North Dakota activists are gearing up for a push to put marijuana legalization on the state’s 2022 ballot.
A measure to allow adults 21 and older to possess and cultivate cannabis for personal use was submitted to Secretary of State Al Jaeger on Monday. If it’s accepted, the campaign will be able to start signature gathering to qualify for the ballot.
The same team behind the new measure came close to putting a similar measure on the state’s ballot last year, but petitioning efforts were impeded by the coronavirus pandemic. A separate group of advocates, Legalize ND, also attempted to qualify a different legalization initiative in 2020 that would have allowed retail sales but excluded a home grow option.
The newly submitted proposal would make it so adults would be allowed to possess cannabis and grow up to 12 plants (up to six of which could be mature). It also contains a provision stating that the legislature could later enact regulations to allow for a commercial market.
Previously, a 2018 legalization push that did qualify for the ballot was defeated by voters. Voters in the state did approve a measure to legalize medical cannabis in 2016, though the law was scaled down by the legislature the following year.
Looking ahead, activists are confident that they will have the time, resources and public support to get the job done this round. To succeed, they will need to collect 26,904 valid signatures from registered voters.
Jody Vetters, chair of the campaign that submitted the new proposal on Monday, told Marijuana Moment that this measure represents “a happy medium to appease both sides,” compared to the 2018 proposal.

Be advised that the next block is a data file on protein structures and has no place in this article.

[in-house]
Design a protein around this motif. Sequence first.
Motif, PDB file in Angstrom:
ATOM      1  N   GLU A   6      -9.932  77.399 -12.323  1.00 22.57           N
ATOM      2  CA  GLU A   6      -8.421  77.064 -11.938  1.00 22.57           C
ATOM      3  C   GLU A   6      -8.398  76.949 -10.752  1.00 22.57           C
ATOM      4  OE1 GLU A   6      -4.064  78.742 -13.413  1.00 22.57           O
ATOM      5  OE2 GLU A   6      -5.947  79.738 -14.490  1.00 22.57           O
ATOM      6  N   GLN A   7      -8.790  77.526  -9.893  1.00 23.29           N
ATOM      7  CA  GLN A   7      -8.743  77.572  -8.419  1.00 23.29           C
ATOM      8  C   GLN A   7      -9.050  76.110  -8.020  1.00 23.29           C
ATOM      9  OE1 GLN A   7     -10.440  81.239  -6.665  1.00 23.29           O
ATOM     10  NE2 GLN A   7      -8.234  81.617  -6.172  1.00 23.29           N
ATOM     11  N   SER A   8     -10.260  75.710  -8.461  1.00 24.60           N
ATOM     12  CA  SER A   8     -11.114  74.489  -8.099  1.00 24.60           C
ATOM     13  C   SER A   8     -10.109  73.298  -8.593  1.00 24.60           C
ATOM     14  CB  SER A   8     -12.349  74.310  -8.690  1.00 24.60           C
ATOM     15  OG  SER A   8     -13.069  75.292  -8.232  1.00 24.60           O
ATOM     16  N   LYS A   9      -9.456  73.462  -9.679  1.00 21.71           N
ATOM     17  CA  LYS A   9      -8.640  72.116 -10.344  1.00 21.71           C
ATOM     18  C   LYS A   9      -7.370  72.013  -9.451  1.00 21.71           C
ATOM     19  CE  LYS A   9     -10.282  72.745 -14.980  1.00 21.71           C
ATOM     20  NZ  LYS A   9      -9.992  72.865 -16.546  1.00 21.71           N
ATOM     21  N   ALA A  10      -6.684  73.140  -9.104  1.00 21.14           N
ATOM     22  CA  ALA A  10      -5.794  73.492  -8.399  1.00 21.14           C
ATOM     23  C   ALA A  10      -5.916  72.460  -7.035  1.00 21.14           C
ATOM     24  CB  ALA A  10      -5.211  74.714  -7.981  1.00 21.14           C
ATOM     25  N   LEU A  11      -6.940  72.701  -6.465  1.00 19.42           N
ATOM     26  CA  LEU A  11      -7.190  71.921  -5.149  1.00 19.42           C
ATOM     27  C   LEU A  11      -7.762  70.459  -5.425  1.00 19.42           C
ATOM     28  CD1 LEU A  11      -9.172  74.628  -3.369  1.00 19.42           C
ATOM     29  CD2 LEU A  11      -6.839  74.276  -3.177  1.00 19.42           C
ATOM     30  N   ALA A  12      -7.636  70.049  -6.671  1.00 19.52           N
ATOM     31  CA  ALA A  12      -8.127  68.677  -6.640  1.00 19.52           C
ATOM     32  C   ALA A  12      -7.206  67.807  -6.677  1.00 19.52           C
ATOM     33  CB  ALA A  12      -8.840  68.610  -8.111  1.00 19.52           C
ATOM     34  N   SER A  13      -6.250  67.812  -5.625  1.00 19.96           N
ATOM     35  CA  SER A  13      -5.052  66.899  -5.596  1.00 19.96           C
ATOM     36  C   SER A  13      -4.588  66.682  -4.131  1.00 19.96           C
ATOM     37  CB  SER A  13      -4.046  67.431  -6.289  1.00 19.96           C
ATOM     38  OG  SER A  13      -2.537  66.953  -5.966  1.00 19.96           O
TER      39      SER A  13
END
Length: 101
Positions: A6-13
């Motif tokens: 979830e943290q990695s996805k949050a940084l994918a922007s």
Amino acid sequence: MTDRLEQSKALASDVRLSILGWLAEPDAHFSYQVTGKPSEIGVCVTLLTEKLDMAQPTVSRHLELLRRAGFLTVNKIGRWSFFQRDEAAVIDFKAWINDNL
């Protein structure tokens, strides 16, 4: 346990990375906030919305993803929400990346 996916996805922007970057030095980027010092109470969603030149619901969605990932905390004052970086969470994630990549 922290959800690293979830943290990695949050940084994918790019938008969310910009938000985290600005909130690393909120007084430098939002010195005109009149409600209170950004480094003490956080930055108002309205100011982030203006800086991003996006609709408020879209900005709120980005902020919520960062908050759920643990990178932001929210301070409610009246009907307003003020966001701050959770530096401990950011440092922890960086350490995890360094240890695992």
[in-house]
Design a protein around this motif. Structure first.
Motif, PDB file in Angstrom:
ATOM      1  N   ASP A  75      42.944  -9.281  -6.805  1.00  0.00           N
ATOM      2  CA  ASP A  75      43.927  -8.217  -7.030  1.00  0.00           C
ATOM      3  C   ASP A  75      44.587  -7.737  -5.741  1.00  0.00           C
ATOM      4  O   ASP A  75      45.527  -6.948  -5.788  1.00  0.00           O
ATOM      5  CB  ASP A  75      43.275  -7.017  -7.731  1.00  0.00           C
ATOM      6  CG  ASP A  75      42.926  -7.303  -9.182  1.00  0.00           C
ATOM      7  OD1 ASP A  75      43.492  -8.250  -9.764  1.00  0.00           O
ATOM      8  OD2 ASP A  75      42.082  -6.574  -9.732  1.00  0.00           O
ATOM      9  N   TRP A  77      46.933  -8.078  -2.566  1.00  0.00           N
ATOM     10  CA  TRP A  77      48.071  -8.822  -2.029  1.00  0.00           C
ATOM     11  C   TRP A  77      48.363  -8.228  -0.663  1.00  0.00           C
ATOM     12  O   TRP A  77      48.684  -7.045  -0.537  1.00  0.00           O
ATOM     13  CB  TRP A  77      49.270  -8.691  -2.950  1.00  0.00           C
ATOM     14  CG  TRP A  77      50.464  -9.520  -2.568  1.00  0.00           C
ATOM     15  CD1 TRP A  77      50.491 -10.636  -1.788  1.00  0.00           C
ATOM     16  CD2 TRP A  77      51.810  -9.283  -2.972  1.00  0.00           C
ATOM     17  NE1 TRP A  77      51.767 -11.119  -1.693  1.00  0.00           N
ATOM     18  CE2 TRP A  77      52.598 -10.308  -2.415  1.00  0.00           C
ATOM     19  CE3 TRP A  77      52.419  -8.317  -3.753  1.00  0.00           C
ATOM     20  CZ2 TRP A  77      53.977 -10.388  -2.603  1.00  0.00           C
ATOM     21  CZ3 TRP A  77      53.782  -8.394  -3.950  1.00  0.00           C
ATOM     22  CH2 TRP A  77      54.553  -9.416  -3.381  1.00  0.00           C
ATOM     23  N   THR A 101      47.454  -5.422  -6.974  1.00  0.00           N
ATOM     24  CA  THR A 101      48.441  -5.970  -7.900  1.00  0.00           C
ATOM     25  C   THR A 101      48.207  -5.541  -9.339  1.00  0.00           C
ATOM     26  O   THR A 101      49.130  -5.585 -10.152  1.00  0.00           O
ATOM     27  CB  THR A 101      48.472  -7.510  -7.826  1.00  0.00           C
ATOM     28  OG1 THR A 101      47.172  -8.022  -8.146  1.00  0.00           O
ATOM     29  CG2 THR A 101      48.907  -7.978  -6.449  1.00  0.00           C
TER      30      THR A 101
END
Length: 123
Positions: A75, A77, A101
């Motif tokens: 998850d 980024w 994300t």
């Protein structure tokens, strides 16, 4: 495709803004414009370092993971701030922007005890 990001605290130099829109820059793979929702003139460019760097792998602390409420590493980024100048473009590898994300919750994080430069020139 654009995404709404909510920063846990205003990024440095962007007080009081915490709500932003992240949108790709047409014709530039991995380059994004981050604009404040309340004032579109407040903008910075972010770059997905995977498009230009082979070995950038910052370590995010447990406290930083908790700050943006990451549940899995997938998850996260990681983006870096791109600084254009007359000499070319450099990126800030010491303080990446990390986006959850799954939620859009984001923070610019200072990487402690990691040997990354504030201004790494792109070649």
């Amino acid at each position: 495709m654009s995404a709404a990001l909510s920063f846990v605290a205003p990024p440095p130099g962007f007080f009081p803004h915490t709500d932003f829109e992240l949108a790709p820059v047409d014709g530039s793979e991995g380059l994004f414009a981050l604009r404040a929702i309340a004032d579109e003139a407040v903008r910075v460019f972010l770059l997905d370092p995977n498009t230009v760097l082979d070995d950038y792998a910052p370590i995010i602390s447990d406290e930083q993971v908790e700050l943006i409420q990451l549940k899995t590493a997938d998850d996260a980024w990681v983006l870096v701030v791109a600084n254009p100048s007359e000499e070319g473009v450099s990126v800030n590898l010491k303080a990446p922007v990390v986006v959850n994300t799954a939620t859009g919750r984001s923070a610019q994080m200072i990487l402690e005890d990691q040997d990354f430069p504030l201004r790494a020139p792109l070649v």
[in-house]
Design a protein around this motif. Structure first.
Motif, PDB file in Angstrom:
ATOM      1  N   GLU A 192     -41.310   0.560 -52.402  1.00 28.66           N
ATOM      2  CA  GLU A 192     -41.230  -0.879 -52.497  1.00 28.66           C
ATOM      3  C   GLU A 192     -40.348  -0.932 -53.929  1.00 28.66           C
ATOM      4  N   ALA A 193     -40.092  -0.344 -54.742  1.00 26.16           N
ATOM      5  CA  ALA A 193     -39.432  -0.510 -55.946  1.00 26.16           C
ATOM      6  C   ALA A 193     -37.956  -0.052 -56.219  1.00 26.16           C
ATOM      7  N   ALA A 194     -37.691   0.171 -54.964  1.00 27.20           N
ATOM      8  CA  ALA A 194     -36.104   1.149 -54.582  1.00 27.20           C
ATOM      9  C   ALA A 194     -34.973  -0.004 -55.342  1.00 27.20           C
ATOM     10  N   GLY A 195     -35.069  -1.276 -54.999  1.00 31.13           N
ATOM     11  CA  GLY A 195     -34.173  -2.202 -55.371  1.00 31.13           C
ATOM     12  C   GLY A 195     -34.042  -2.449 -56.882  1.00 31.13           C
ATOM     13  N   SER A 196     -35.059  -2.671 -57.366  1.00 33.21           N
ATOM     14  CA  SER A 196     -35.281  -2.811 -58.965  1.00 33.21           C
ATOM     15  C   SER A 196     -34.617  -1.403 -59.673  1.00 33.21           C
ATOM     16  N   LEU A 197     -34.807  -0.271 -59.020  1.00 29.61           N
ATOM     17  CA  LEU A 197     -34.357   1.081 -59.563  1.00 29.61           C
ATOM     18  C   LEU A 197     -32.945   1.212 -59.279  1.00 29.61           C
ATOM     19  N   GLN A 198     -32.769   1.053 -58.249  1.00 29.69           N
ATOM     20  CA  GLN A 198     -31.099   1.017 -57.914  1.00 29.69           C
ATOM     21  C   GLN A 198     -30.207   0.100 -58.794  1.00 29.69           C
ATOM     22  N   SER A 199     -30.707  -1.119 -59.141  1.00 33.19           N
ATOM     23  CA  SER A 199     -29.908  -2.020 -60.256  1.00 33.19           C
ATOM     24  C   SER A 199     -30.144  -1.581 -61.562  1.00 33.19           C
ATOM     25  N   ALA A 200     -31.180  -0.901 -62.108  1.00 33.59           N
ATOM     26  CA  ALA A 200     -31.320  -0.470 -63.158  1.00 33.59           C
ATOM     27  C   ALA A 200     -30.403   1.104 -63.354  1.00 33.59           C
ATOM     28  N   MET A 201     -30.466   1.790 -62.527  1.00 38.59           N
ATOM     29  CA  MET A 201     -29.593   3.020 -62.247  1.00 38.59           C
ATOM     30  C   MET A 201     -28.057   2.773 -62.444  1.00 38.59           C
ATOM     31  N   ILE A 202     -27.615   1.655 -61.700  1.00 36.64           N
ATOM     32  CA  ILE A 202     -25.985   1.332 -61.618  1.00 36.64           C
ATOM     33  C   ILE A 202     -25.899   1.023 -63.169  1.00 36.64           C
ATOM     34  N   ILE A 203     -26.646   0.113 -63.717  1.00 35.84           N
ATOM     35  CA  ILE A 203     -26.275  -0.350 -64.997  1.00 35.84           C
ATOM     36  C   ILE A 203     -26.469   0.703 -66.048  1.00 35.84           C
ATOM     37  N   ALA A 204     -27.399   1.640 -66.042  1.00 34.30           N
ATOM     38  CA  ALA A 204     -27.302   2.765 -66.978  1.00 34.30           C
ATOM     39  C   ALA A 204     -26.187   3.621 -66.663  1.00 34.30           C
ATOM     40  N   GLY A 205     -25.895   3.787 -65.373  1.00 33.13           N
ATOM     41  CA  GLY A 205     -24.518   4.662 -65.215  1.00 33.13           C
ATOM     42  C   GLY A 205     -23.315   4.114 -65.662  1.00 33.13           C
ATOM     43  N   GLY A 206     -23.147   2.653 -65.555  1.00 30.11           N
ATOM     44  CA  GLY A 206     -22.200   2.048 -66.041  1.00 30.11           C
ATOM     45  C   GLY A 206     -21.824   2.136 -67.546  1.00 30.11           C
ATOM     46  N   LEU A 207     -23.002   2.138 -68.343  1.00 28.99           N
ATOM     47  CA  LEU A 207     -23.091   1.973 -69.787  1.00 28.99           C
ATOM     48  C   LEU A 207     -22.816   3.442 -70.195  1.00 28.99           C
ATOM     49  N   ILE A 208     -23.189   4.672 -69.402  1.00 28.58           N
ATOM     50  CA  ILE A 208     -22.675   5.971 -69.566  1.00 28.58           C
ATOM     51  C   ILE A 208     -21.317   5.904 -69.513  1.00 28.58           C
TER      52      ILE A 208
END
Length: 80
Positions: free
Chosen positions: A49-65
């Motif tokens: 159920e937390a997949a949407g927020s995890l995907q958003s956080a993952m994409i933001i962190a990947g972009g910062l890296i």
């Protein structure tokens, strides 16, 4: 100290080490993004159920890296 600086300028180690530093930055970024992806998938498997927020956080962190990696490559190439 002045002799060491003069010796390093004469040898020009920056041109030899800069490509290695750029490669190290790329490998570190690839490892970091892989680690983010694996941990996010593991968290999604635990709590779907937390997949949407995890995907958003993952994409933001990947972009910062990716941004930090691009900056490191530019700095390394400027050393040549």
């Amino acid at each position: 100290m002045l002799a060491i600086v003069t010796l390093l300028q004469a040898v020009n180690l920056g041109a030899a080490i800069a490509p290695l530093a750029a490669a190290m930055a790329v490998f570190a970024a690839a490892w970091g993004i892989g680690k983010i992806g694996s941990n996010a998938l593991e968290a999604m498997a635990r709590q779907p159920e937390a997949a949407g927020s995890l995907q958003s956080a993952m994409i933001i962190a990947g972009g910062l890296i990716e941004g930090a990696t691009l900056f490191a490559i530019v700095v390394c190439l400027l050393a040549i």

“It’s time for cannabis to come out of the closet,” she said.
Vetters told the Grand Forks Herald that her team came about 2,000 signatures short of qualifying last year.
Jaeger’s office said it will be reviewing the petition and expects to make a decision about approving the language for petitioning next week.
Meanwhile, activists with the separate Legalize ND group have said they are also considering trying to qualify their own marijuana measure for North Dakota’s midterm ballot next year.
While activists are skeptical that the legislature has the appetite to enact the policy change on their own, it is the case that lawmakers may feel increased pressure given that voters in neighboring South Dakota and Montana elected to legalize cannabis in November.
There are also a slew of other states where advocates are considering pursuing reform in 2022 via the ballot, and campaigns are already collecting signatures for cannabis measures in Idaho and South Dakota.
In the meantime, activists are pushing legislative action to legalize marijuana in a number of states this year.
Read the 2022 North Dakota marijuana legalization proposal below:
Photo courtesy of Philip Steffan.